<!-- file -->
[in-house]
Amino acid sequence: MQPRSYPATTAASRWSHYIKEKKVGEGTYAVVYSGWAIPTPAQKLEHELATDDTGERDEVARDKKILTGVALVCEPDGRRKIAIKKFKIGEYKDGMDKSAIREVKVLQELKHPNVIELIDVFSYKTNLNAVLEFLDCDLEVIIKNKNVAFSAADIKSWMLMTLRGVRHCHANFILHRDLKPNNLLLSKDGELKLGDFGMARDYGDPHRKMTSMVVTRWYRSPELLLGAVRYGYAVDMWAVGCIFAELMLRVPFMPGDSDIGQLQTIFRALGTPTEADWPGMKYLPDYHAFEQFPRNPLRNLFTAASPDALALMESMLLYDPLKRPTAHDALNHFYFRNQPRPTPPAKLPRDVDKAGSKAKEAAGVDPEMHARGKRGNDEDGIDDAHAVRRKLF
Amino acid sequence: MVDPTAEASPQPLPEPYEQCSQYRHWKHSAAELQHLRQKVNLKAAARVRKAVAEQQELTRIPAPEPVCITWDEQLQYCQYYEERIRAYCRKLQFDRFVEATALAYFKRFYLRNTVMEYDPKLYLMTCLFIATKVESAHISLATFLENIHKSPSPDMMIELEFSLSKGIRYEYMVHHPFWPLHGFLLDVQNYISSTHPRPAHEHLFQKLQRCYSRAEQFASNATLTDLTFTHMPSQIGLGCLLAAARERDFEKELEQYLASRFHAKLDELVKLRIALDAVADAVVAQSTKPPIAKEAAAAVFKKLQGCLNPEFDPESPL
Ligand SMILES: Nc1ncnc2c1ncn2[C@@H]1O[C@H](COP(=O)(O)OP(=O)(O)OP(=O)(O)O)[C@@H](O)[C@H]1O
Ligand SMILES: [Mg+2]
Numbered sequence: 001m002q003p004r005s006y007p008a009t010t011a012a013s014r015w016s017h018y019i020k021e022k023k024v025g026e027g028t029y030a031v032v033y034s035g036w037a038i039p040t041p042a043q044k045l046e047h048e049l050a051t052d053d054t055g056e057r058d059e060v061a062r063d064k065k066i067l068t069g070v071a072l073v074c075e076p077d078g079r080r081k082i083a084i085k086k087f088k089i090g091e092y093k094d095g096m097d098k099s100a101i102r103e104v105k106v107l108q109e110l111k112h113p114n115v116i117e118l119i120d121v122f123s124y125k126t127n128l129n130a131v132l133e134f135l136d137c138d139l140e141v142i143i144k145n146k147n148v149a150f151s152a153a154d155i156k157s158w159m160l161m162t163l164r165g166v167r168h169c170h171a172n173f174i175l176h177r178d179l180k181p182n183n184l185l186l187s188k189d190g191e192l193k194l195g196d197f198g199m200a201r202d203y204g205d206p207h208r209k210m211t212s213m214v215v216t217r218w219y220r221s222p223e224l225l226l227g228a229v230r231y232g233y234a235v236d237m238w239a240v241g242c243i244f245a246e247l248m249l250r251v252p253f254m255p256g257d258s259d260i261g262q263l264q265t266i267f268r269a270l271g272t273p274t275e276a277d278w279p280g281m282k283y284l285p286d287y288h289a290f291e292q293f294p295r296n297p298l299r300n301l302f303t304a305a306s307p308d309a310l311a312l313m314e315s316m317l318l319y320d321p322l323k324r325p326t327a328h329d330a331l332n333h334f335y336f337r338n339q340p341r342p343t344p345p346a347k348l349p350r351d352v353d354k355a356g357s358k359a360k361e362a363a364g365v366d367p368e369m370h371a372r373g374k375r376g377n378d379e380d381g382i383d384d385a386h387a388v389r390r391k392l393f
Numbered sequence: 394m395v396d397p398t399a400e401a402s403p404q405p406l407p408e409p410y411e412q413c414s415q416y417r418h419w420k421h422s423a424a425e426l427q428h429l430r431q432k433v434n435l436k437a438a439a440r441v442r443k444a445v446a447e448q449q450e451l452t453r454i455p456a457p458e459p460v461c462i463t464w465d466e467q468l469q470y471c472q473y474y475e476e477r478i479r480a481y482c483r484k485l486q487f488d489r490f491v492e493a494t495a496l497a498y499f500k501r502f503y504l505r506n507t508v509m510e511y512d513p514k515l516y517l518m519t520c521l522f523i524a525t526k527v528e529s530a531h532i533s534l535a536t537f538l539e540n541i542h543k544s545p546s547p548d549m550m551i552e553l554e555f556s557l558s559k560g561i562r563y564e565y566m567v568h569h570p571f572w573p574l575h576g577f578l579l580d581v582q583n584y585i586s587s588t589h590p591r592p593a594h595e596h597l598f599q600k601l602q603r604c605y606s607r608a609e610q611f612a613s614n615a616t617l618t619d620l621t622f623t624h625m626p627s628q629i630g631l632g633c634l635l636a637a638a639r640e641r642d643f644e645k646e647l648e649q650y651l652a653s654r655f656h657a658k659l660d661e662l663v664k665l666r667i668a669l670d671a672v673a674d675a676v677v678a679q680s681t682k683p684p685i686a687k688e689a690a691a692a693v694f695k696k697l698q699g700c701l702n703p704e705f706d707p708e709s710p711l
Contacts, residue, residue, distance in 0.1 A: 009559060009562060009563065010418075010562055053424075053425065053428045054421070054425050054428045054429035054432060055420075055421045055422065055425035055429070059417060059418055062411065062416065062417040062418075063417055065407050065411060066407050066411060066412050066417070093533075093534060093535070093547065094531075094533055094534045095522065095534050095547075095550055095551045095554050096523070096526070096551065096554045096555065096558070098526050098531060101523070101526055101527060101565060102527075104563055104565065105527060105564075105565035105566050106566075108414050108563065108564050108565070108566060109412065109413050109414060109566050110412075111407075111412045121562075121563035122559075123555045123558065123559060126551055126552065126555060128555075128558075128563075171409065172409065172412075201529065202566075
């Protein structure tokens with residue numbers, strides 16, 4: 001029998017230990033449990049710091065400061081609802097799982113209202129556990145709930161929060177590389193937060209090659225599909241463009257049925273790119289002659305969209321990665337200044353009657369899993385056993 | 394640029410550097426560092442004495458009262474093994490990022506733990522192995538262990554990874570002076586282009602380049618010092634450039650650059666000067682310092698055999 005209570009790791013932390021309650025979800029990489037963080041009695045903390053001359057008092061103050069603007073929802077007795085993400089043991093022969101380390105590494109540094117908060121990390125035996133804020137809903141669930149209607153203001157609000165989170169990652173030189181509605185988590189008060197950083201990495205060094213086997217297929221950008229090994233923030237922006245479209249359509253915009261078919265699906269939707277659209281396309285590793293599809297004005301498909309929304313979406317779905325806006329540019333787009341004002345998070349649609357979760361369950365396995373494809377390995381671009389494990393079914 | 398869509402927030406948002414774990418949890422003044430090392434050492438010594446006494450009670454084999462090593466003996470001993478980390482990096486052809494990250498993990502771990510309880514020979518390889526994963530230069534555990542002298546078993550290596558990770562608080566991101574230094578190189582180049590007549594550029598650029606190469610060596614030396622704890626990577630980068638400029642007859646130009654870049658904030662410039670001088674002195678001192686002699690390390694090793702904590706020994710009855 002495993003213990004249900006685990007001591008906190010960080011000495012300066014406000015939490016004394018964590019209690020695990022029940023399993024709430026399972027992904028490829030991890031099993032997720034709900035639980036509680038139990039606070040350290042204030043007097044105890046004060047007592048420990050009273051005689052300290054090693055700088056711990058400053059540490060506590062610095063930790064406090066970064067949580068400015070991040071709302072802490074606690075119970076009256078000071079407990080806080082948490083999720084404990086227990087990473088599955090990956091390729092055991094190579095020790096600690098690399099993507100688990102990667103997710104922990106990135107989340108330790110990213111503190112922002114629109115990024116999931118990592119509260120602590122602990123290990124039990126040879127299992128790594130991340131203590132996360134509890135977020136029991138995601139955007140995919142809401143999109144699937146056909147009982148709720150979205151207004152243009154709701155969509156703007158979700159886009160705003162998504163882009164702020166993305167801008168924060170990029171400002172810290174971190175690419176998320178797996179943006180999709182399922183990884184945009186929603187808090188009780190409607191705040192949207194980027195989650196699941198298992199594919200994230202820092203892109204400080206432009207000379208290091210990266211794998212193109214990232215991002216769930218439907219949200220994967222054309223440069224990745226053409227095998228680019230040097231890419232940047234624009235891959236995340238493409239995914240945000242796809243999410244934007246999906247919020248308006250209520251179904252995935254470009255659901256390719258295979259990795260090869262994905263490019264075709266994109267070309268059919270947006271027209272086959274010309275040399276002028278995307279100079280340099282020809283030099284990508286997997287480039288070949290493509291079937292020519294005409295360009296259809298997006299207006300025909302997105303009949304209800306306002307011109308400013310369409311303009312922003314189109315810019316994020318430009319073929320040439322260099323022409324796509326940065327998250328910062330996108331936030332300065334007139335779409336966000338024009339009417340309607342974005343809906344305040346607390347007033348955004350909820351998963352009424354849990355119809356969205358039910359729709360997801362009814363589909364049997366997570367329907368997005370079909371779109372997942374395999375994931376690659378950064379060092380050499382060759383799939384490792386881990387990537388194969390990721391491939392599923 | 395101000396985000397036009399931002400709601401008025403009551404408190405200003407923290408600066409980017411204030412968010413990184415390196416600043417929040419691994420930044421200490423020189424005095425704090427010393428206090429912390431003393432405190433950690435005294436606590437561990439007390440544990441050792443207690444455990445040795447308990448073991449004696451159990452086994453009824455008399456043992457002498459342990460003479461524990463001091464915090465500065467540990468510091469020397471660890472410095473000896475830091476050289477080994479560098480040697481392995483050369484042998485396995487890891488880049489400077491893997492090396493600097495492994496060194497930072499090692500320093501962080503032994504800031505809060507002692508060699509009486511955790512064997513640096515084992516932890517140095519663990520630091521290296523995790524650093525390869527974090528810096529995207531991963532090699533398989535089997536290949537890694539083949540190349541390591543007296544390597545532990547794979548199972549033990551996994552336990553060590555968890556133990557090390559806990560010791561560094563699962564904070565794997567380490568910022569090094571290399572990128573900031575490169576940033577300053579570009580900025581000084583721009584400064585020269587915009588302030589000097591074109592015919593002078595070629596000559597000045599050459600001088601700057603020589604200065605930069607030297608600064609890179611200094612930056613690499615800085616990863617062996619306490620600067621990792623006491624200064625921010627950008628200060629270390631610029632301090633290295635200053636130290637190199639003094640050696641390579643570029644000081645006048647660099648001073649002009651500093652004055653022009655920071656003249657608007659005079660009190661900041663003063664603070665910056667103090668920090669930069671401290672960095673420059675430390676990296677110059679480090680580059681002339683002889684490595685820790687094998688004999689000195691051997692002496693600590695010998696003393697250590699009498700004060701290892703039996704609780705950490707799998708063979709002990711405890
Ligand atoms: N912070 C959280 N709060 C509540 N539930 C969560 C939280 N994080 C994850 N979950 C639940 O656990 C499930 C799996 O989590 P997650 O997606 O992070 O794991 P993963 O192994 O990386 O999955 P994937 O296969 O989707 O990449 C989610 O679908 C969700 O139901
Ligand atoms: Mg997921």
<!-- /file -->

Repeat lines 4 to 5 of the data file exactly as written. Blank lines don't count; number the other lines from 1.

Ligand SMILES: Nc1ncnc2c1ncn2[C@@H]1O[C@H](COP(=O)(O)OP(=O)(O)OP(=O)(O)O)[C@@H](O)[C@H]1O
Ligand SMILES: [Mg+2]